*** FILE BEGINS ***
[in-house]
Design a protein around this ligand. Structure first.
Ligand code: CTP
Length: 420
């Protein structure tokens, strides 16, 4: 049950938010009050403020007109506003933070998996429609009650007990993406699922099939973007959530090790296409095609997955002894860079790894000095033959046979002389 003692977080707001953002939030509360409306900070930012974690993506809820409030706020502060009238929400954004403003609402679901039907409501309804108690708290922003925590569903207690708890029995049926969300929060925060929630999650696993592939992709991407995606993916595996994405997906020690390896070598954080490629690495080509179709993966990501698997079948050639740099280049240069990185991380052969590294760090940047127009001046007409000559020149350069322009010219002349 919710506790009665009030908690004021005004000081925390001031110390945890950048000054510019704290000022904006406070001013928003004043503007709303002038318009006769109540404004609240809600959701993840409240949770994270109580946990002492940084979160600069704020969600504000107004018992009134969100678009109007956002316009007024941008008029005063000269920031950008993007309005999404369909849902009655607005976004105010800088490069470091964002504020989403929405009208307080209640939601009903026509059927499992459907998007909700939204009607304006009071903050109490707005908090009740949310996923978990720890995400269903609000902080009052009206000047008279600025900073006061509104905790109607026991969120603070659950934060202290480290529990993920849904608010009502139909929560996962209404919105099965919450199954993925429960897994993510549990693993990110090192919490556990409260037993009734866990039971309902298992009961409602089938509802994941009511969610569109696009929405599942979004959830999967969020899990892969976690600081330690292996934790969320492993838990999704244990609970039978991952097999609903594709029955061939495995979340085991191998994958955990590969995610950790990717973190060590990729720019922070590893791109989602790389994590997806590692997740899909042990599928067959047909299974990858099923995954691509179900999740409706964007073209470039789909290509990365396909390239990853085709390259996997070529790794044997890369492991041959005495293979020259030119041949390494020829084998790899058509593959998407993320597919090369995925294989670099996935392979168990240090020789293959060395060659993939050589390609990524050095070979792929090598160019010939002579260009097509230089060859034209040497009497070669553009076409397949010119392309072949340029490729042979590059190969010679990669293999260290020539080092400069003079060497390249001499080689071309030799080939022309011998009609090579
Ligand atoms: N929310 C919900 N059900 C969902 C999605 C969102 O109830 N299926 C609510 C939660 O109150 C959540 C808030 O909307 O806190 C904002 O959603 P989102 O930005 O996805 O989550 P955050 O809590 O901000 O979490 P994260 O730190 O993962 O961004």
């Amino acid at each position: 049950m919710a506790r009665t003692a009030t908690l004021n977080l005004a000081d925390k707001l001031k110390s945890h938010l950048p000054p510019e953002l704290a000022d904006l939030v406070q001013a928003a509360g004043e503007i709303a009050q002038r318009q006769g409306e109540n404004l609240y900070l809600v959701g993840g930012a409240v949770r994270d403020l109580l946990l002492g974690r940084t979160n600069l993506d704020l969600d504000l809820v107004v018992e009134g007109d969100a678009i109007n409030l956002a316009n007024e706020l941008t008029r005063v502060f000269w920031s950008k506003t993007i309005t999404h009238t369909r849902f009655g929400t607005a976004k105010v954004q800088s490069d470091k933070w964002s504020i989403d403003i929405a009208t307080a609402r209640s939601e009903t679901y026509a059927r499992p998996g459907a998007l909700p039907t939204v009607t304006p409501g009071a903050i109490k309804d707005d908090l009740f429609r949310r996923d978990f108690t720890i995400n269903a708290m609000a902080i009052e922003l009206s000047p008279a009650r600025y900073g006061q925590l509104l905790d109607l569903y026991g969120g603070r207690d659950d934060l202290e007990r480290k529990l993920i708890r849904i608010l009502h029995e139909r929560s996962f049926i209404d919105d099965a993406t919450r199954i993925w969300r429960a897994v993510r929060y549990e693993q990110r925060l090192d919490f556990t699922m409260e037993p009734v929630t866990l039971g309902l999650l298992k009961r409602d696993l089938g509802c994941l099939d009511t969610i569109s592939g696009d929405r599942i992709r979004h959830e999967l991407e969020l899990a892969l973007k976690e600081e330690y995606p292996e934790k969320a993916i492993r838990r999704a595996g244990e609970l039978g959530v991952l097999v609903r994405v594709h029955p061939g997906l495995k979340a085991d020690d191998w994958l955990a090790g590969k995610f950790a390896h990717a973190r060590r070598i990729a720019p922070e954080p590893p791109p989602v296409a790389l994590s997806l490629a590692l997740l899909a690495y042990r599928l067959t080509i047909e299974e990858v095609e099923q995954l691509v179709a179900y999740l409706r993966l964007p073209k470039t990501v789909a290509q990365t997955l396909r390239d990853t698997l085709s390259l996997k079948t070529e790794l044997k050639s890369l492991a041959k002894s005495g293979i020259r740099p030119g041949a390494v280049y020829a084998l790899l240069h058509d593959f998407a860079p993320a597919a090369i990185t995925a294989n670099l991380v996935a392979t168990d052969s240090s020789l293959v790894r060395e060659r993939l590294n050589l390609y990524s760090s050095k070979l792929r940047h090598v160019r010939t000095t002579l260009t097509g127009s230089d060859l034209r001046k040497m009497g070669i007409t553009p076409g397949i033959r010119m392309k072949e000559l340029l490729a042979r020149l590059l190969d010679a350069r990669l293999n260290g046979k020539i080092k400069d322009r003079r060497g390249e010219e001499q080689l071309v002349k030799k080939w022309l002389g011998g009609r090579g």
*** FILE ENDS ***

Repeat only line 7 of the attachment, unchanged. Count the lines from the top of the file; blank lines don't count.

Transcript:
């Amino acid at each position: 049950m919710a506790r009665t003692a009030t908690l004021n977080l005004a000081d925390k707001l001031k110390s945890h938010l950048p000054p510019e953002l704290a000022d904006l939030v406070q001013a928003a509360g004043e503007i709303a009050q002038r318009q006769g409306e109540n404004l609240y900070l809600v959701g993840g930012a409240v949770r994270d403020l109580l946990l002492g974690r940084t979160n600069l993506d704020l969600d504000l809820v107004v018992e009134g007109d969100a678009i109007n409030l956002a316009n007024e706020l941008t008029r005063v502060f000269w920031s950008k506003t993007i309005t999404h009238t369909r849902f009655g929400t607005a976004k105010v954004q800088s490069d470091k933070w964002s504020i989403d403003i929405a009208t307080a609402r209640s939601e009903t679901y026509a059927r499992p998996g459907a998007l909700p039907t939204v009607t304006p409501g009071a903050i109490k309804d707005d908090l009740f429609r949310r996923d978990f108690t720890i995400n269903a708290m609000a902080i009052e922003l009206s000047p008279a009650r600025y900073g006061q925590l509104l905790d109607l569903y026991g969120g603070r207690d659950d934060l202290e007990r480290k529990l993920i708890r849904i608010l009502h029995e139909r929560s996962f049926i209404d919105d099965a993406t919450r199954i993925w969300r429960a897994v993510r929060y549990e693993q990110r925060l090192d919490f556990t699922m409260e037993p009734v929630t866990l039971g309902l999650l298992k009961r409602d696993l089938g509802c994941l099939d009511t969610i569109s592939g696009d929405r599942i992709r979004h959830e999967l991407e969020l899990a892969l973007k976690e600081e330690y995606p292996e934790k969320a993916i492993r838990r999704a595996g244990e609970l039978g959530v991952l097999v609903r994405v594709h029955p061939g997906l495995k979340a085991d020690d191998w994958l955990a090790g590969k995610f950790a390896h990717a973190r060590r070598i990729a720019p922070e954080p590893p791109p989602v296409a790389l994590s997806l490629a590692l997740l899909a690495y042990r599928l067959t080509i047909e299974e990858v095609e099923q995954l691509v179709a179900y999740l409706r993966l964007p073209k470039t990501v789909a290509q990365t997955l396909r390239d990853t698997l085709s390259l996997k079948t070529e790794l044997k050639s890369l492991a041959k002894s005495g293979i020259r740099p030119g041949a390494v280049y020829a084998l790899l240069h058509d593959f998407a860079p993320a597919a090369i990185t995925a294989n670099l991380v996935a392979t168990d052969s240090s020789l293959v790894r060395e060659r993939l590294n050589l390609y990524s760090s050095k070979l792929r940047h090598v160019r010939t000095t002579l260009t097509g127009s230089d060859l034209r001046k040497m009497g070669i007409t553009p076409g397949i033959r010119m392309k072949e000559l340029l490729a042979r020149l590059l190969d010679a350069r990669l293999n260290g046979k020539i080092k400069d322009r003079r060497g390249e010219e001499q080689l071309v002349k030799k080939w022309l002389g011998g009609r090579g």